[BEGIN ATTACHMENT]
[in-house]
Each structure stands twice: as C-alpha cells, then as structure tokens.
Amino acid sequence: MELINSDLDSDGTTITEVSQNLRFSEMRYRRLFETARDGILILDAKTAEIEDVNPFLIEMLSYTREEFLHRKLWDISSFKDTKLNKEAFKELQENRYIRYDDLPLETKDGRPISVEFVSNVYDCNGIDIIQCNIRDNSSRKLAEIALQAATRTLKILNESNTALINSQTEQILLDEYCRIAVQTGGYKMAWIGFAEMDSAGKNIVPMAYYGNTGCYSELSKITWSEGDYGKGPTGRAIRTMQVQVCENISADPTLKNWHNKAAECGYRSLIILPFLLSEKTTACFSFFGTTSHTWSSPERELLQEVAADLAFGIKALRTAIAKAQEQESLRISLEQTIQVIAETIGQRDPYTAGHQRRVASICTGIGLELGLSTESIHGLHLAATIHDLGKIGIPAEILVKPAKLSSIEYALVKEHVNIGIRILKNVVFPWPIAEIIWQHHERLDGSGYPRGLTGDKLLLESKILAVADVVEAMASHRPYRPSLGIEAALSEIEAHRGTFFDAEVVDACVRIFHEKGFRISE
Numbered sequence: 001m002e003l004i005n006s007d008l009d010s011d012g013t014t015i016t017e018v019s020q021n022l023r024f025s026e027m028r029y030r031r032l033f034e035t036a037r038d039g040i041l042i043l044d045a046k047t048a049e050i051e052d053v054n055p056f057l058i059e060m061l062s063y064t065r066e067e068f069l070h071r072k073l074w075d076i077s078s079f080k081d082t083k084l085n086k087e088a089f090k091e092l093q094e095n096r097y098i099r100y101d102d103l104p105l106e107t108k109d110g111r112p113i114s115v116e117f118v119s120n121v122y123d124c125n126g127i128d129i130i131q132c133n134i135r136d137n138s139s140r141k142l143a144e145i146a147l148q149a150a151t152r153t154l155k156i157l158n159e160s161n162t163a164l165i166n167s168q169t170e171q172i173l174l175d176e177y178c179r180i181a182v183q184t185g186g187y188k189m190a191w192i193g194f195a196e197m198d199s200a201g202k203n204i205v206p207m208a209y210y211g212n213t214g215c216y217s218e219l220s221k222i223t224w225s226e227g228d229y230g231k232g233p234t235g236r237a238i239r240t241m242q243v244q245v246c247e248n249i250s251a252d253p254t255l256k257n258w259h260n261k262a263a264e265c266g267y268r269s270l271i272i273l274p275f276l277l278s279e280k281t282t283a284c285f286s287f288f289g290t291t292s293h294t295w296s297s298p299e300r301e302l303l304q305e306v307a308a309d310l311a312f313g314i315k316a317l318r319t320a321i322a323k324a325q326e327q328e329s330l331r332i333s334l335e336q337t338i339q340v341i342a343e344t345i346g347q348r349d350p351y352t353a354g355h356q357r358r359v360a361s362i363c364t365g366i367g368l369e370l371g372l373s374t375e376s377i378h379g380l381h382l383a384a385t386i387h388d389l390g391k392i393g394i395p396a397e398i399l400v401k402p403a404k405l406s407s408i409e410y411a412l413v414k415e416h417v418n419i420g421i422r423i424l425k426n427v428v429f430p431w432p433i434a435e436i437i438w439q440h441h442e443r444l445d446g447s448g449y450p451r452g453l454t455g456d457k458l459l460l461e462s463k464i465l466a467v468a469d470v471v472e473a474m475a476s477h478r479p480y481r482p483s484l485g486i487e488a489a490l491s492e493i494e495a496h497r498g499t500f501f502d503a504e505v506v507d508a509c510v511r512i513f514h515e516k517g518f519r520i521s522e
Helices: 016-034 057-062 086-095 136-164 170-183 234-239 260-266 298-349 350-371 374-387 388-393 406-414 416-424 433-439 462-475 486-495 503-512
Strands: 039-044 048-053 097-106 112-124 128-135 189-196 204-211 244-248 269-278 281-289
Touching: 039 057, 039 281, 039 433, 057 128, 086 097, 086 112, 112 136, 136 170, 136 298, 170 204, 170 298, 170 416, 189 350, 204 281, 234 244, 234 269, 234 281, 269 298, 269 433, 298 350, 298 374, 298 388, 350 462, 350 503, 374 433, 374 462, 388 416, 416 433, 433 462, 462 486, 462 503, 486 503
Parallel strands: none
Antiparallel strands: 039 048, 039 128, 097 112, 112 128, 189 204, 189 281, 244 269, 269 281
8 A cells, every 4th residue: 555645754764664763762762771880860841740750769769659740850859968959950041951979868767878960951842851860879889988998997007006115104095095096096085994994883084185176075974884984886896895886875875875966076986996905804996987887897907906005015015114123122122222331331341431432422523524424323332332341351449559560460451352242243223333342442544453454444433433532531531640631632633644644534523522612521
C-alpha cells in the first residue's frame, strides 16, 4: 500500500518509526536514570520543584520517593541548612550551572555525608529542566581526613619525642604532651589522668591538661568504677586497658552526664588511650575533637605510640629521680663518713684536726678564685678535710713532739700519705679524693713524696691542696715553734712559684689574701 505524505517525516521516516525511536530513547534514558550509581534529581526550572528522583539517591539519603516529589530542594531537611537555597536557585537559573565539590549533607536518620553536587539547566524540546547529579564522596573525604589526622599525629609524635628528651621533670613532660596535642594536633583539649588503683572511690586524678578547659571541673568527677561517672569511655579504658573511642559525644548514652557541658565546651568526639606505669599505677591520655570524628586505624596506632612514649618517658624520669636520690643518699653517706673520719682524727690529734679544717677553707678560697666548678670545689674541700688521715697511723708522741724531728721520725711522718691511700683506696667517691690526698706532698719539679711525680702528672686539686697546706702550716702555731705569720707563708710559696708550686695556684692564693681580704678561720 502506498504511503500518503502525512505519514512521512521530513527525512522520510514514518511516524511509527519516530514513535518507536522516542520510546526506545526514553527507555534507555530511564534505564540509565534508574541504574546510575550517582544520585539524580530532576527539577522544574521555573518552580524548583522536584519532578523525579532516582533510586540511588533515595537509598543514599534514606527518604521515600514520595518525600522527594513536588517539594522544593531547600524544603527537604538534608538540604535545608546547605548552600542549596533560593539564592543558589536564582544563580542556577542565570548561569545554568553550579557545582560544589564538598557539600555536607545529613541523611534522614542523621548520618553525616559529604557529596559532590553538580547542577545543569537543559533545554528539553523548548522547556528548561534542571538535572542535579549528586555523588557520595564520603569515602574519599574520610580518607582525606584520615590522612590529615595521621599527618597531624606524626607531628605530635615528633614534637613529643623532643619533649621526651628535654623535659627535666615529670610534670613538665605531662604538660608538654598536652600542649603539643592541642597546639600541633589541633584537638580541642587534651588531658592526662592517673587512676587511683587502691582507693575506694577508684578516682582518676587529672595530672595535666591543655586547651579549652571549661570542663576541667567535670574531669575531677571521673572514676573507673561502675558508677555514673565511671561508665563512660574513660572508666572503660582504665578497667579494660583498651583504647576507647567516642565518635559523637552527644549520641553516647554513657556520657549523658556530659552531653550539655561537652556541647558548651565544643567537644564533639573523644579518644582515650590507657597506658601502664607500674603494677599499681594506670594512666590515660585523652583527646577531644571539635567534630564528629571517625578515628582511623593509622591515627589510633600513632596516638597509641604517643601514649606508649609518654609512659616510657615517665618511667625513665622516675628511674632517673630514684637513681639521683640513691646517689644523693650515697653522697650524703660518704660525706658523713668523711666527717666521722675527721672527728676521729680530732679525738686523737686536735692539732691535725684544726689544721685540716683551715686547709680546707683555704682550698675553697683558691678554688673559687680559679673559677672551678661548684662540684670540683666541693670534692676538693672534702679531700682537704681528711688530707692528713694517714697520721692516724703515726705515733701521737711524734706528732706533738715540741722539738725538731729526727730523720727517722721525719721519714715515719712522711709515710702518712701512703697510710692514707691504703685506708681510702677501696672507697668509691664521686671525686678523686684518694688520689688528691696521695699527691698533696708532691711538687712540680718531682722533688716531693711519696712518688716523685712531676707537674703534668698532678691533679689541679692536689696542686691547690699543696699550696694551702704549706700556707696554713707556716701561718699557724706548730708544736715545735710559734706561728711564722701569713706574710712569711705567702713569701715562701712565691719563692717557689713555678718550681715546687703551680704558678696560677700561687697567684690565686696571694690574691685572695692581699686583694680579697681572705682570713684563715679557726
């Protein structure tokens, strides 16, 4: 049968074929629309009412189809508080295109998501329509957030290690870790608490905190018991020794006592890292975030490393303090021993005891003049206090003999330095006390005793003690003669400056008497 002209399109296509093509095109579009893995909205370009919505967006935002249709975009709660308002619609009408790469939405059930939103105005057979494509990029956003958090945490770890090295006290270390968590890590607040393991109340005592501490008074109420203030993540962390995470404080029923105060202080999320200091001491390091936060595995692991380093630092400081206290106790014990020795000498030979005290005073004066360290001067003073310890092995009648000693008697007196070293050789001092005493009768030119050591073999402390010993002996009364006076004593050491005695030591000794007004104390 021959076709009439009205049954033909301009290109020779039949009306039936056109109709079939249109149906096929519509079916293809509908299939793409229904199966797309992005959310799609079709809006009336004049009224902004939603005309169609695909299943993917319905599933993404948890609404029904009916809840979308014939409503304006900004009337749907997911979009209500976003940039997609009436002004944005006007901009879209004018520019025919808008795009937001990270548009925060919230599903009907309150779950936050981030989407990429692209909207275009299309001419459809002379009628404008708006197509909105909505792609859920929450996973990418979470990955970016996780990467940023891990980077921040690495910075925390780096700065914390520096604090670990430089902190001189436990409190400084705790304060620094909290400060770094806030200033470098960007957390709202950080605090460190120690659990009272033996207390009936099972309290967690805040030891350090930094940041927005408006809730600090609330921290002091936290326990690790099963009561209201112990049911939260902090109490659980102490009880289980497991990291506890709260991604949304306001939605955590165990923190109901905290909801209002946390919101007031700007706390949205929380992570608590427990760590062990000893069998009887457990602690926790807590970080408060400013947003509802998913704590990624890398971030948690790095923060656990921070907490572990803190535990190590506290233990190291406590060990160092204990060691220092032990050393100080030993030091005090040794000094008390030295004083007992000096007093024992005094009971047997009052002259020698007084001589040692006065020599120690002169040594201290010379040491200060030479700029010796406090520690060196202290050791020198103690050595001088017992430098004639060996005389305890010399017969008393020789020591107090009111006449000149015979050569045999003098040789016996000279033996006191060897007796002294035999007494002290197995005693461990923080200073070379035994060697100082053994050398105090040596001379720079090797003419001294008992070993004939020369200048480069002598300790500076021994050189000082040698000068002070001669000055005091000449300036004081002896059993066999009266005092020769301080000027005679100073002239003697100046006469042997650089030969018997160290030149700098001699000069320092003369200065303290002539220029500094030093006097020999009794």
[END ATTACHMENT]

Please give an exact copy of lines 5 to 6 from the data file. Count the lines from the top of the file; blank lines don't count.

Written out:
Helices: 016-034 057-062 086-095 136-164 170-183 234-239 260-266 298-349 350-371 374-387 388-393 406-414 416-424 433-439 462-475 486-495 503-512
Strands: 039-044 048-053 097-106 112-124 128-135 189-196 204-211 244-248 269-278 281-289